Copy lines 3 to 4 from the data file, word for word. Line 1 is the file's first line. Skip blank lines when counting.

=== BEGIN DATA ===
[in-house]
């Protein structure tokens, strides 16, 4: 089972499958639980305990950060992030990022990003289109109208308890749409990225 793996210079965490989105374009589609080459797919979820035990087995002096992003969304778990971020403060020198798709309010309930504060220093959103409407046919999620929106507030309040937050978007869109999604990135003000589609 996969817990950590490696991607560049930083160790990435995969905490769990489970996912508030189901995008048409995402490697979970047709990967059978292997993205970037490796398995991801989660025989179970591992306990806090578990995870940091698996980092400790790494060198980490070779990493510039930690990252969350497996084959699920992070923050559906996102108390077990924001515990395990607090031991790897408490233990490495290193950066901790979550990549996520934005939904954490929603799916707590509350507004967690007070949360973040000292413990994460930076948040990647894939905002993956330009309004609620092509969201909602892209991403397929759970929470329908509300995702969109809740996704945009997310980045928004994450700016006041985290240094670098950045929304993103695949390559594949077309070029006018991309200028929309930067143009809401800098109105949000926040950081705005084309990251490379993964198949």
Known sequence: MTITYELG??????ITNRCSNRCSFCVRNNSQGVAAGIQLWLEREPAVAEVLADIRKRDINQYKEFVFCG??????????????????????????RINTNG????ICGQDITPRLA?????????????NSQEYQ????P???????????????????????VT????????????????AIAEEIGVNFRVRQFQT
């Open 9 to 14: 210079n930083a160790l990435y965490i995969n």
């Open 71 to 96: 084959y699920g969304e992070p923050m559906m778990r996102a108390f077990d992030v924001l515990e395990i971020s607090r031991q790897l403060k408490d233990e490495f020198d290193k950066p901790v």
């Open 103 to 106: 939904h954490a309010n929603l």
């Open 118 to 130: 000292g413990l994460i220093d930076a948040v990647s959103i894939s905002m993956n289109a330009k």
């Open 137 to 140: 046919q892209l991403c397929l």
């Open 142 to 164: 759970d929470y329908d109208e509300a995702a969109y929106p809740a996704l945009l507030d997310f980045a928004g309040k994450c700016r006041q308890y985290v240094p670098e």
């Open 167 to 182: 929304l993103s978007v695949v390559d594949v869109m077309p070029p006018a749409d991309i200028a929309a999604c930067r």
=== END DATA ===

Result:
Known sequence: MTITYELG??????ITNRCSNRCSFCVRNNSQGVAAGIQLWLEREPAVAEVLADIRKRDINQYKEFVFCG??????????????????????????RINTNG????ICGQDITPRLA?????????????NSQEYQ????P???????????????????????VT????????????????AIAEEIGVNFRVRQFQT
């Open 9 to 14: 210079n930083a160790l990435y965490i995969n």